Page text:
CALGARY - The president of the Canadian Medical Association wants health care moved from the waiting list to the top of the agenda in the federal election campaign.
Dr. Jeff Turnbull told a Calgary audience that Canada's health-care system is at a crossroads and the federal government needs to expand its role.
"That's why, in this newly launched federal election campaign, Canada's doctors will be pressing to put health care on the agenda," Turnbull said Wednesday in a speech to the Calgary Chamber of Commerce.
"Canadians have identified health care as their priority and I would like to see our elected officials now starting to have that debate and I'd like to see a much greater conversation about how we're going to transform health care for future generations."
So far, says Turnbull, the federal parties are offering nothing more than "piecemeal initiatives" instead of a picture of what the system should be in the future.
The system as it stands now is inefficient, he said, and it should be run more like a business so that the money saved from any efficiencies can be funnelled back into the system.
The current federal-provincial health accord is set to expire in 2014 and Ottawa needs to take a bigger role, he said.
"Some people want you to believe that the federal role is just as a funder. It is absolutely not. The federal government is the custodian of the Canada Health Act," Turnbull added.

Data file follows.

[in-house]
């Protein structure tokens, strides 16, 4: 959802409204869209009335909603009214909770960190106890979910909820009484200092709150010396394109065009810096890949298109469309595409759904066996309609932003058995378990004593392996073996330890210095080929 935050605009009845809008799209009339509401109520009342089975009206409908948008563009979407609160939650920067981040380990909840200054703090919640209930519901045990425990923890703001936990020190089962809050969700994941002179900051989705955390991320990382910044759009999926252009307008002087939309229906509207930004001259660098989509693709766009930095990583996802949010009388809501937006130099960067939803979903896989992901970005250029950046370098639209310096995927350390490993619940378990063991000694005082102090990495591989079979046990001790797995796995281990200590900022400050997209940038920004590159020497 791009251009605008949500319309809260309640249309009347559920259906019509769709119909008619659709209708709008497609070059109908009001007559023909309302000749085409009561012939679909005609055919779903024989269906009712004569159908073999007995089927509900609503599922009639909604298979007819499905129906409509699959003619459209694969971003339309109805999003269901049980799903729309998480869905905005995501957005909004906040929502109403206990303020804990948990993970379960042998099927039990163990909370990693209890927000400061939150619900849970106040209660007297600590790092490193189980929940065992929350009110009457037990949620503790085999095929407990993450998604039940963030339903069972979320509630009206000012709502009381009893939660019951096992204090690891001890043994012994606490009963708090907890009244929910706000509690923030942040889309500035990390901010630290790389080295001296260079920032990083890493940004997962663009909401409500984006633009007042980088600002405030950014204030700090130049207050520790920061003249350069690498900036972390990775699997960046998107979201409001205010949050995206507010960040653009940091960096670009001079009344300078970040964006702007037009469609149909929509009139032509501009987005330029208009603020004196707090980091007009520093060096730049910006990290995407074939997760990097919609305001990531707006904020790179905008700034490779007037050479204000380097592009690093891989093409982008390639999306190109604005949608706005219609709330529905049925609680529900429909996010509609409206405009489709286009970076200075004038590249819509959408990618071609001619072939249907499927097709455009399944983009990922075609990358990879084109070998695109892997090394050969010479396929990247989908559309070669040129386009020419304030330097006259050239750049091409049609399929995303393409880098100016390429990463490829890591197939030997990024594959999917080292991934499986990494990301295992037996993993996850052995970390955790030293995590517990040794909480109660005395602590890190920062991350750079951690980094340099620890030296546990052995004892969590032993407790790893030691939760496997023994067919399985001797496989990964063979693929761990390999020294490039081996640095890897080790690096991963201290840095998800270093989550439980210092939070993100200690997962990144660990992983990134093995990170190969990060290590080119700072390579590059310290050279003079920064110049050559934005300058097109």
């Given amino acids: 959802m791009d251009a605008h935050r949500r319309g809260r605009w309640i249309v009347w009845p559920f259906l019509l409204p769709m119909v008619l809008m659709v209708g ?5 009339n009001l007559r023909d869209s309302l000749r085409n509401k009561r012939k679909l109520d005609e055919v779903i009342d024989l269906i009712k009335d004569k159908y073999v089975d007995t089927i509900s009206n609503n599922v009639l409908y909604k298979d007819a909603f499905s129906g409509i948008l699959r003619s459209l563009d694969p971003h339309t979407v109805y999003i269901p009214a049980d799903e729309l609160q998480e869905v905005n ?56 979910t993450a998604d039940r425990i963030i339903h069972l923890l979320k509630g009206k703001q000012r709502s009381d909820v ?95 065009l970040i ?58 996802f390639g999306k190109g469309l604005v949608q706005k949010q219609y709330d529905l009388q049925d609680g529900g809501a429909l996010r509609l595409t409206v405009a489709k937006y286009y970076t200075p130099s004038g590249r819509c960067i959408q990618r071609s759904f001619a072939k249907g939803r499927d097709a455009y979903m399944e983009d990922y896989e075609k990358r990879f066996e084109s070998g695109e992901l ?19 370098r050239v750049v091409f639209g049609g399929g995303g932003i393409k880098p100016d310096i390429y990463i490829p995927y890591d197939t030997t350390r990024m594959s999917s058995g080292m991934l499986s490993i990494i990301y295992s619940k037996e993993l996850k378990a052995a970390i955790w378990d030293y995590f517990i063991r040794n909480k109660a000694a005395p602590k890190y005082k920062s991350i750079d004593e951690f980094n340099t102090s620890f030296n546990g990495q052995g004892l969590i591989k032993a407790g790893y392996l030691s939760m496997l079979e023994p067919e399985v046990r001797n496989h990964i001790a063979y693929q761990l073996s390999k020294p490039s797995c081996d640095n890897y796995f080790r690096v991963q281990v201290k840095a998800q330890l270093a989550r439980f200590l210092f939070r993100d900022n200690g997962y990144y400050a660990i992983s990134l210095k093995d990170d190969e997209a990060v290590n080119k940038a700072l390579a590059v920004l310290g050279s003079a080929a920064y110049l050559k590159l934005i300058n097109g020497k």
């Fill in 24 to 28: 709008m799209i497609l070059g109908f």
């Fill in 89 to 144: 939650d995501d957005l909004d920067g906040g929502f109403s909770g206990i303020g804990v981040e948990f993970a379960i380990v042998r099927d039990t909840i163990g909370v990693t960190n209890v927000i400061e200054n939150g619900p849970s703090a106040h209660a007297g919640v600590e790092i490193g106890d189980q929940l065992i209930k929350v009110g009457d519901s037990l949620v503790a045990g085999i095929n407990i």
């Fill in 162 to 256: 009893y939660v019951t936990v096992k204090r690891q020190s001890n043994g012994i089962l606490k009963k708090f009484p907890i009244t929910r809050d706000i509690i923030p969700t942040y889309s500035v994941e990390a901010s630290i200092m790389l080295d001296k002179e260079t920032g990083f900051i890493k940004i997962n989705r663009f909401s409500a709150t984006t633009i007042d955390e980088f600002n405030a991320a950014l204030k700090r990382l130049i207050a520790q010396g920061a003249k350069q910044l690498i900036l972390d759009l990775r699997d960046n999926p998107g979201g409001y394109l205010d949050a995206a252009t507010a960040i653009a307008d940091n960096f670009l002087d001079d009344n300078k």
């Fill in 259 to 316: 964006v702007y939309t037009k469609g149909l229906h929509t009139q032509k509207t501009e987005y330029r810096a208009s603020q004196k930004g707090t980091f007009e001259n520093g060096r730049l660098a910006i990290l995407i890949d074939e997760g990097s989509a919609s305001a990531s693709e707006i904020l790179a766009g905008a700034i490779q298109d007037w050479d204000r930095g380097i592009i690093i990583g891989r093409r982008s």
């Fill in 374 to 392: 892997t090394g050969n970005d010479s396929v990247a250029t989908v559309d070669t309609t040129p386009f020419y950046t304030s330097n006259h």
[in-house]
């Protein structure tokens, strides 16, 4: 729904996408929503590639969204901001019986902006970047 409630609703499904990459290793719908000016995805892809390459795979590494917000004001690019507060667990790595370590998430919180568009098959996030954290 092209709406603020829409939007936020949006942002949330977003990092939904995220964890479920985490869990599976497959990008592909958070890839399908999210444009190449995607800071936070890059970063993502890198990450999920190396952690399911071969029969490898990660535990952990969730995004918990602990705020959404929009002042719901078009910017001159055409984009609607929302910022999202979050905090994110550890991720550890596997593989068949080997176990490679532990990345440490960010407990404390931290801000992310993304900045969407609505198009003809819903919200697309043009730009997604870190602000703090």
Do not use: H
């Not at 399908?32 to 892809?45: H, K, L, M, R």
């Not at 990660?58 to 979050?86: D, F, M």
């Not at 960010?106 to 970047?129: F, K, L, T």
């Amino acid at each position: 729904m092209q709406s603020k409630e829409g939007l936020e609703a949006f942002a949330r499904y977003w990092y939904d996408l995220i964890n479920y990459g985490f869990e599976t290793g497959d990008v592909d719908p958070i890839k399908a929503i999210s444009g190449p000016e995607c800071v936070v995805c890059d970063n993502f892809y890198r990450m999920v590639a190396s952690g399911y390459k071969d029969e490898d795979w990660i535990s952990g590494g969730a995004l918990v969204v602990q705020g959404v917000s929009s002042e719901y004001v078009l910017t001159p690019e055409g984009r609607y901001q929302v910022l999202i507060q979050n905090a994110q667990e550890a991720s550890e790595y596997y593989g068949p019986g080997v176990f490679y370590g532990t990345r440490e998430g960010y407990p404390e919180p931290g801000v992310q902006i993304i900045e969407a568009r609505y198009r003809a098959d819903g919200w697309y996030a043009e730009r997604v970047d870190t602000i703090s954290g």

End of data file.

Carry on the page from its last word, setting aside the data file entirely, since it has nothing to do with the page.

"It delivers services to military, RCMP, First Nations and Inuit. It should be responsible for facilitating the best health care within your jurisdiction, for your communities. I do believe there is a role for the federal government in ensuring medicare is pan-Canadian, rather than 14 separate systems."
The Canadian Medical Association has been consulting with Canadians about the future of health care for more than three months through its website. What it's heard so far from 50,000 respondents has not been good.
"They're having trouble getting access to primary care, congested emergency departments, cancelled surgery, trouble getting into home-based care or long-term care," Turnbull said.
"Canadians are expressing to us on an ongoing basis and the Canadian doctors who are charged with the responsibility of giving effective care and serving their communities — they're coming to us and saying please fix this health-care system."
He's not suggesting one giant superboard overseeing all the provinces and territories but he said there should be national standards to make sure everyone receives good health care.
Alberta Premier Ed Stelmach said he supports the idea of a more universal approach to health care.
"That's fine. Stand shoulder-to-shoulder across Canada and bring about changes. We can't do this province-by-province nor can we follow the same process we did in the past," said Stelmach.
"When the Canada Health Act was passed in Ottawa it was a 50-50 split on health care. Today as an Alberta taxpayer you are providing more than 80 per cent of health-care costs. Other provinces are in similar situations."